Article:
In the last post, we reviewed conformal invariance when d = 2. As a quick review, we saw how under coordinate change X^{\mu}(\sigma) \rightarrow X^{\prime \mu}(\sigma) the metric transforms as,

(1)   \begin{equation*} g_{\mu \nu}(\sigma) \rightarrow g_{\mu \nu}^{\prime}(\sigma^{\prime}) = \frac{\partial \sigma^{\alpha}}{\partial \sigma^{\prime \mu}} \frac{\partial \sigma^{\beta}}{\sigma^{\prime \nu}}g_{\alpha \beta}(f(\sigma^{\prime}))\end{equation*}

The conformal group is a subgroup of coordinate transformations that, up to some scale factor, leaves the metric unchanged. If we denote the scale factor as \Omega(x), then we may state this fact as follows

(2)   \begin{equation*}g_{\mu} \rightarrow g^{\prime}_{\mu \nu}(x^{\prime}) = \Omega(x)g_{\mu \nu}(x) \end{equation*}

The essence of a conformal transformation is defined in this way. Invariance under (2) is what gives definition to a conformal field theory (Wray, p.80). Further definition was offered in the previous post.

What we want to do now is study the infinitesimal generators of the conformal group. In other words, if we assume the background is flat, such that g_{\mu \nu} = \eta_{\mu \nu}, the essential point of interest here concerns the infinitesimal transformation of the coordinates. We may state this as,

(3)   \begin{equation*} x^{\mu} \rightarrow f^{\mu}x^{\nu} x^{\prime \mu} = x^{\mu} + \epsilon^{\mu}\end{equation*}

Now, the question remains: in the case of an infinitesimal transformation, what happens with the metric? It turns out that an infinitesimal transformation of the coordinates leaves the metric unchanged.

To further investigate the implications of a conformally invariant transformation, we may, in general terms, expand on (3). Moreover, if, as above, we take x^{\mu} \rightarrow f^{\mu}x^{\nu} x^{\prime \mu} = x^{\mu} + \epsilon^{\mu} then we have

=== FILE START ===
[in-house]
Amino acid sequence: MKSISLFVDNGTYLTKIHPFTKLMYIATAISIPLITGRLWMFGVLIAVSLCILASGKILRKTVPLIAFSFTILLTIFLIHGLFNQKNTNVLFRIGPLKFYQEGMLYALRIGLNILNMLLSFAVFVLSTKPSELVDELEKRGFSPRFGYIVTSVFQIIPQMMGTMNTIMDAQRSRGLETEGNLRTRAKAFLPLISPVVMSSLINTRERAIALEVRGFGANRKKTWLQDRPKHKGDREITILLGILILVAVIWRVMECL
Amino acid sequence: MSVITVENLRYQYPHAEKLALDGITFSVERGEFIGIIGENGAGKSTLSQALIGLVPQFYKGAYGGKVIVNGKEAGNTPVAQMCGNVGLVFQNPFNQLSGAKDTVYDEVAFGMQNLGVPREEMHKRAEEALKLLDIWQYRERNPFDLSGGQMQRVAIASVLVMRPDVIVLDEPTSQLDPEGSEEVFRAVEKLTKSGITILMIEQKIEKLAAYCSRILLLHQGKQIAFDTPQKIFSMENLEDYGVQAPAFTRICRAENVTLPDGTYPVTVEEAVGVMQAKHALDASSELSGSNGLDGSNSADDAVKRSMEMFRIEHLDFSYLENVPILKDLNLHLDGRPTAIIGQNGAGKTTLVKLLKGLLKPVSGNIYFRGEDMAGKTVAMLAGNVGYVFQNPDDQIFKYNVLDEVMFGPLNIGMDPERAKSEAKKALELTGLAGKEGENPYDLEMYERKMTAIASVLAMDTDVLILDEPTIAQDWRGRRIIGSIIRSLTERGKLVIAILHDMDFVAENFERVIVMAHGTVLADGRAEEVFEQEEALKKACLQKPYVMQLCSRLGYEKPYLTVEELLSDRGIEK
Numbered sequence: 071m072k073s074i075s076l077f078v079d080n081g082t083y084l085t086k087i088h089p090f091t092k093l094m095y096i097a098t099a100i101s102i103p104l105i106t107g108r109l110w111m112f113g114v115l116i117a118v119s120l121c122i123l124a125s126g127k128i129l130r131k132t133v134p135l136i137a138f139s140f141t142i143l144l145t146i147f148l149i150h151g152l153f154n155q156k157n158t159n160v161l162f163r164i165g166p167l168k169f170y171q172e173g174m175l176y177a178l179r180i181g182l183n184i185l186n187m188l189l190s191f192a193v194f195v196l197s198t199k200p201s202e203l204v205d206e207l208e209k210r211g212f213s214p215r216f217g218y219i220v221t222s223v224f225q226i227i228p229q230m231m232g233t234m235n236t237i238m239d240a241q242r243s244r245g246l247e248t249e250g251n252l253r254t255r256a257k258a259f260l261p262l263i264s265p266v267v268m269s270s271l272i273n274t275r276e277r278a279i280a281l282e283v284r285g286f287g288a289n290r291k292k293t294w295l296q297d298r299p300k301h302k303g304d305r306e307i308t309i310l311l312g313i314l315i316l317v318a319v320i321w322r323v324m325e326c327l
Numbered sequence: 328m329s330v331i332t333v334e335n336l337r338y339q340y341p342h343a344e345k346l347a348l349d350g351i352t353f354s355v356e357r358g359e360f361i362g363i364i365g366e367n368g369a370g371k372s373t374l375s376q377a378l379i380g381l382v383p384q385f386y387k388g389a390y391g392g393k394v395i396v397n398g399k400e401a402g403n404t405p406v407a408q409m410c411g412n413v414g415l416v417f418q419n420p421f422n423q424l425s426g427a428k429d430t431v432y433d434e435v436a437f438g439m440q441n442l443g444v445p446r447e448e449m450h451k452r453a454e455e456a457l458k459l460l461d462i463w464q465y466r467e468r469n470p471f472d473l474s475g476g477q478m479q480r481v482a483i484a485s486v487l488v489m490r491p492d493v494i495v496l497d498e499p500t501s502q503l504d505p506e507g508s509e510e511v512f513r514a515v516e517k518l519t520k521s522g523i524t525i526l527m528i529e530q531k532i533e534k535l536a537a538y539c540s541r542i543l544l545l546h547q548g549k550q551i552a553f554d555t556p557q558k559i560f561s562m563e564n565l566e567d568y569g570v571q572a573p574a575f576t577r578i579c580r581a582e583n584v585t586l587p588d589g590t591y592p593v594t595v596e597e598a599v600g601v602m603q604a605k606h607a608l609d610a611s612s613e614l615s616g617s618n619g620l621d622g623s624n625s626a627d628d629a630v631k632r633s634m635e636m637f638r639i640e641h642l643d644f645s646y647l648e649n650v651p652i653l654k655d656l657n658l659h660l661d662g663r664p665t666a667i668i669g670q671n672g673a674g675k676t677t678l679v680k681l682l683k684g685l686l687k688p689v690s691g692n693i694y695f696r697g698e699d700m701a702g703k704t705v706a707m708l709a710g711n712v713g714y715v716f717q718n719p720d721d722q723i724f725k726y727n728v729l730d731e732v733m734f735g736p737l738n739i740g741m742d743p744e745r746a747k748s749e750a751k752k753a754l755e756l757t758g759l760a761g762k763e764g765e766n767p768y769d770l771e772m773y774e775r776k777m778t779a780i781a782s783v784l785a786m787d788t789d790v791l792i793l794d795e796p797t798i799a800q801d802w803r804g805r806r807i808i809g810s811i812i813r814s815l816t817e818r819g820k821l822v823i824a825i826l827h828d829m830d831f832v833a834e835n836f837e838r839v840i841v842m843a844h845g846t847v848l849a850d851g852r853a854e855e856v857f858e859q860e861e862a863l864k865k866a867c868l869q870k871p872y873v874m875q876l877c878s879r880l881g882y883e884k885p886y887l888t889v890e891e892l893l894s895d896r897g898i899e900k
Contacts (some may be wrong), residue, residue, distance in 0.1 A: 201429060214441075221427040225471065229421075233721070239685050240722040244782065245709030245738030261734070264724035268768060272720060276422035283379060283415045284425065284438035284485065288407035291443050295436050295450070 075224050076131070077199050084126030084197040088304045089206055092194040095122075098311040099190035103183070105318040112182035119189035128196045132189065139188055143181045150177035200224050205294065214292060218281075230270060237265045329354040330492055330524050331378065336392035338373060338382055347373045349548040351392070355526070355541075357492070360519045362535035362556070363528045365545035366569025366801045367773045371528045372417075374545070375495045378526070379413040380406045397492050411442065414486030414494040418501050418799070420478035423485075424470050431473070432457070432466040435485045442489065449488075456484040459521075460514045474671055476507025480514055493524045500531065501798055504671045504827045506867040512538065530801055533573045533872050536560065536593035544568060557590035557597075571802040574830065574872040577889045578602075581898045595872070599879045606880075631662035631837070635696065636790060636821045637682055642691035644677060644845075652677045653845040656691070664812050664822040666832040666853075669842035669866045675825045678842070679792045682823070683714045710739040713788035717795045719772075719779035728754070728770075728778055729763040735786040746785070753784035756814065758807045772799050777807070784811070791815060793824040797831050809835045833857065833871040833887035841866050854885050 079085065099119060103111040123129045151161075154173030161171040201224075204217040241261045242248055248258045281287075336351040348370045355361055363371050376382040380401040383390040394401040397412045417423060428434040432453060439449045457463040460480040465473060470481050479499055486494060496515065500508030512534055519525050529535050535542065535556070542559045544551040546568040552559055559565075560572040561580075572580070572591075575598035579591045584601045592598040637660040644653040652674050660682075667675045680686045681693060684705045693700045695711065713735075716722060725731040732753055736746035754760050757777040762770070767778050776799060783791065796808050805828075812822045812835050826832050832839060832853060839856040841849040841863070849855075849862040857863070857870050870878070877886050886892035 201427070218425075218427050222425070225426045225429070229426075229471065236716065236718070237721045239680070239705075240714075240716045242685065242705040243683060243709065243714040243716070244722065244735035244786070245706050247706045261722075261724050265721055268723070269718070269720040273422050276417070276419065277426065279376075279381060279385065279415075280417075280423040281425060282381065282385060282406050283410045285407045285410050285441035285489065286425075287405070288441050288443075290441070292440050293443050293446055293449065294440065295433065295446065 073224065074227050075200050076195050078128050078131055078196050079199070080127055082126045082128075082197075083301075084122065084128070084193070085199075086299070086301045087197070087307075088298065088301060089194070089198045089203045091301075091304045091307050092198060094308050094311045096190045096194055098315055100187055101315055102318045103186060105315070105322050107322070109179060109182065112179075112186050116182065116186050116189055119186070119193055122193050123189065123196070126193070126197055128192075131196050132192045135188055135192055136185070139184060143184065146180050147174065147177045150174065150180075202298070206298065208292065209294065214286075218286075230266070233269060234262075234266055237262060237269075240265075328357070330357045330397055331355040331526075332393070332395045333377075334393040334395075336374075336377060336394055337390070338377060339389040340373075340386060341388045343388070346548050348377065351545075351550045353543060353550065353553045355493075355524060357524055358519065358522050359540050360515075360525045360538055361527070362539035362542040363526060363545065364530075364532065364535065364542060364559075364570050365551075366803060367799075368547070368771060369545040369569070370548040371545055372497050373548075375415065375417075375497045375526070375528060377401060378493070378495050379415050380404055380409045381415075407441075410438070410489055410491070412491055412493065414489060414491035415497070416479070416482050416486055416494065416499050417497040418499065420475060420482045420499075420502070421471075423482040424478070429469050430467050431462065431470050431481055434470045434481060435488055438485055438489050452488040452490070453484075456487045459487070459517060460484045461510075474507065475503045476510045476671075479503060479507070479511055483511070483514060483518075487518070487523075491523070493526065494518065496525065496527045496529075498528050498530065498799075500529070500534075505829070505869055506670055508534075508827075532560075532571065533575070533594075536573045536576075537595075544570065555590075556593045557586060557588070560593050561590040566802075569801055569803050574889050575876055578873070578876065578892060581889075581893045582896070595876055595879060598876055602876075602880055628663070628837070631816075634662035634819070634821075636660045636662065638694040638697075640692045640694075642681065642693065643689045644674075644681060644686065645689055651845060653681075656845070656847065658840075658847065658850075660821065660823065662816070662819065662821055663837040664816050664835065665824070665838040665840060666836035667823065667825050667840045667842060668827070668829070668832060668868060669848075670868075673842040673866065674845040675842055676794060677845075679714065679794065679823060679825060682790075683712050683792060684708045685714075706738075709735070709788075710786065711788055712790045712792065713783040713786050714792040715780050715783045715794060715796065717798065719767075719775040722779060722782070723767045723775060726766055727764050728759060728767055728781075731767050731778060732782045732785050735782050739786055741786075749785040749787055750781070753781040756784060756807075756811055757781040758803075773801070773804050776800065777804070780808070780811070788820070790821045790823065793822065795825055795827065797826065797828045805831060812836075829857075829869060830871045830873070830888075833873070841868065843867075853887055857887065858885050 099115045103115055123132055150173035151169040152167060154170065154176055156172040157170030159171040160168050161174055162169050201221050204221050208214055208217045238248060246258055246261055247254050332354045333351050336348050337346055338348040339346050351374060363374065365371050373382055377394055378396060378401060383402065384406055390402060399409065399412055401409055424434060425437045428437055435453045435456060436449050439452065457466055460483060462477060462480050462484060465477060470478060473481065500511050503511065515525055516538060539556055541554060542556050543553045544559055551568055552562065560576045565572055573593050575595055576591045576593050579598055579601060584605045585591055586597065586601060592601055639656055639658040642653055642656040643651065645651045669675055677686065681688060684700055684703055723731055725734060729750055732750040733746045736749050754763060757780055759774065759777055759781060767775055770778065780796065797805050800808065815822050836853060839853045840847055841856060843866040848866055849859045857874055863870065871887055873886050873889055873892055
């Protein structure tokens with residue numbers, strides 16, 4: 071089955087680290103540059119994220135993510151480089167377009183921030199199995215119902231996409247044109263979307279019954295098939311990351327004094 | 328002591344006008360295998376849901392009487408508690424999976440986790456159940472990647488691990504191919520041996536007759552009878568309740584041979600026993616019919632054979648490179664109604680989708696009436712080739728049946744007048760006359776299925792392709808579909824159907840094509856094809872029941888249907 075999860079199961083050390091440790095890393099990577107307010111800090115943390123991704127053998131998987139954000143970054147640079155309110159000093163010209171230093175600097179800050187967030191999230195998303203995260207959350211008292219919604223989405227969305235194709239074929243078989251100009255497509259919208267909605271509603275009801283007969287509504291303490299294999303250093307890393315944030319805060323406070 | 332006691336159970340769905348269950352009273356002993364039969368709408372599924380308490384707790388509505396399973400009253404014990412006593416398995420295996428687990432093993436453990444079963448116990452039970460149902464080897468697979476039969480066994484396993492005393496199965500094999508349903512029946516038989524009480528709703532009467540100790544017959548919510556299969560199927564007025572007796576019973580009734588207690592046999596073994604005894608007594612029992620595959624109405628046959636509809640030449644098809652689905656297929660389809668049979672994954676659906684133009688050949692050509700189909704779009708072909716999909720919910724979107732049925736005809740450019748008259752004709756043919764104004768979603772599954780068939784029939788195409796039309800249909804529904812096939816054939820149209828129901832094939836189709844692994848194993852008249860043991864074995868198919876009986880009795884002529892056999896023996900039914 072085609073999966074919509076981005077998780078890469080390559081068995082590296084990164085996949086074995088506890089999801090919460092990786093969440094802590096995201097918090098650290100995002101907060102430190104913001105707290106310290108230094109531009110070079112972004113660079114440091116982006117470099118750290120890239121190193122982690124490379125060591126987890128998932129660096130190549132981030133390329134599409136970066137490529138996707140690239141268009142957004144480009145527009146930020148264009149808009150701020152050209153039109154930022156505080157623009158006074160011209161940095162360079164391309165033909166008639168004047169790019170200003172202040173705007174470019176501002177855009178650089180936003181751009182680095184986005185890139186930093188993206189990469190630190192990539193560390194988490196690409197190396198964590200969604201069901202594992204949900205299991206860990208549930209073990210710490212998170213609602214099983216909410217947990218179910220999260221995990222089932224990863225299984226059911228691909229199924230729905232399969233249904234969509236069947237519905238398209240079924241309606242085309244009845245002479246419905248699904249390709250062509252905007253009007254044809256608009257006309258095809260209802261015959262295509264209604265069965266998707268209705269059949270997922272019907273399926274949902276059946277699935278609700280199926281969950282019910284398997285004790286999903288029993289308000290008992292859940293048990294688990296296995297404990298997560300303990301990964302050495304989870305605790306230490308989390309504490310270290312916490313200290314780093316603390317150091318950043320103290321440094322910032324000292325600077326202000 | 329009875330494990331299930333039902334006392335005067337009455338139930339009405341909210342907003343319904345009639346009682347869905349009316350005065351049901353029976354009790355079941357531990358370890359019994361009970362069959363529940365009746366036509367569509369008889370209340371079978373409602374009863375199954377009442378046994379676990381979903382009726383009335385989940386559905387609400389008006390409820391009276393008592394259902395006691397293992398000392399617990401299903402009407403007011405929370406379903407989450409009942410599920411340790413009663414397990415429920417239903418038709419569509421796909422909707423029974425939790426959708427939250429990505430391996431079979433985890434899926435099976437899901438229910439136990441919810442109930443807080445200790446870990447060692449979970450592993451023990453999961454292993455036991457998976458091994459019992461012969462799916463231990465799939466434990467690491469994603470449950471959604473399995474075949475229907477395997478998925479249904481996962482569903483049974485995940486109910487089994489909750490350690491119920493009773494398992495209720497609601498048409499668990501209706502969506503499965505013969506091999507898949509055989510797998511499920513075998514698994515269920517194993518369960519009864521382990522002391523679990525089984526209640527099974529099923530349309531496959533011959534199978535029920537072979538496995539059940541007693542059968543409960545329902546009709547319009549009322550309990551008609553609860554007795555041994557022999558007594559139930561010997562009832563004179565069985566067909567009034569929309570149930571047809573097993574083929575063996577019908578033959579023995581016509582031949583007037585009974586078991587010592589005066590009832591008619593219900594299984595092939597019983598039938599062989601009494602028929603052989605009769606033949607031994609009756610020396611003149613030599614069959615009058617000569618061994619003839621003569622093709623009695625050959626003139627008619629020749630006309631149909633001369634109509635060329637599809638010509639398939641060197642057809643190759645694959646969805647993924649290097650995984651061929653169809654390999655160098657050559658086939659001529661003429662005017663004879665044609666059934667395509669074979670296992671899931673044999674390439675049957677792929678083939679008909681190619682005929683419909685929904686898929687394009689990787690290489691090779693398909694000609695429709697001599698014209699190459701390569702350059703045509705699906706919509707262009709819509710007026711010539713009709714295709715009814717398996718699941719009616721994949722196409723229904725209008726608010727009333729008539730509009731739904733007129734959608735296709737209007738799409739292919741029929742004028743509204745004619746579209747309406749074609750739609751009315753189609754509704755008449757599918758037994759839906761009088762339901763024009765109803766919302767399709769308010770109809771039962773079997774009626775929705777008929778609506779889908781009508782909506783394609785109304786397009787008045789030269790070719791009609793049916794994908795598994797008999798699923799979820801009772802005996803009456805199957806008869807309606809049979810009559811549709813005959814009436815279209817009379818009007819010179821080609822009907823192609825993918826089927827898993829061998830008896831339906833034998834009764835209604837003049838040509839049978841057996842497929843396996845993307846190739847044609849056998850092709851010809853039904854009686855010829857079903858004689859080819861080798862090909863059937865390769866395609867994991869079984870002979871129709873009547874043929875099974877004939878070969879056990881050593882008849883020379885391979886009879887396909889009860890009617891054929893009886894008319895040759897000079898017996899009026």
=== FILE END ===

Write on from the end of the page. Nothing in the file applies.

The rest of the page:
\[ g_{\mu \nu}^{\prime}(x^{\mu} + \epsilon^{\mu}) = g_{\mu \nu} + (\partial_{\mu}\epsilon^{\nu} + \partial_{\nu}\epsilon^{\nu})g_{\mu \nu} \]

(4)   \begin{equation*}= g_{\mu \nu} + \partial_{\mu}\epsilon_{\nu} + \partial_{\nu}\epsilon_{\mu}\end{equation*}

But it remains that, to satisfy the condition of a conformal transformation, (4) has to be equal to (1),

(5)   \begin{equation*} \omega(x)g_{\mu \nu}(x) = g_{\mu \nu} + \partial_{\mu}\epsilon_{\nu} + \partial_{\nu}\epsilon_{\mu} \end{equation*}

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Where, \omega(x) is just an arbitrary function denoting a very small deviation from identity. Thus, we may also write \omega(x) = \omega(x) - 1 such that

(6)   \begin{equation*} (\omega(x) - 1)g_{\mu \nu} = \partial_{\mu}\epsilon_{\nu} + \partial_{\nu}\epsilon_{\mu}\end{equation*}

For this to make sense, we must find some expression for the scaling term \omega(x) - 1. To proceed, we multiply both sides of (4) by g^{\mu \nu}. As we are working in d spacetime dimensions, it follows g_{\mu \nu}g^{\mu \nu} = d. This gives,

    \[ (\omega(x) - 1)g_{\mu \nu}g^{\mu \nu} = (\partial_{\mu}\epsilon_{\nu} + \partial_{\nu}\epsilon_{\mu})g^{\mu \nu} \]

(7)   \begin{equation*} (\omega(x) - 1)d = g^{\mu \nu}\partial_{\mu}\epsilon_{\nu} + g^{\mu \nu}\partial_{\nu}\epsilon_{\mu}  \end{equation*}

The left-hand side is simple to manage. Focusing on the right-hand side, we raise indices and relabel. This gives us a usual factor of 2. Hence,

    \[ = \partial_{\mu}\epsilon^{\nu} + \partial_{\nu}\epsilon^{\mu} \]

(8)   \begin{equation*} = 2 \partial_{\mu}\epsilon^{\nu} \end{equation*}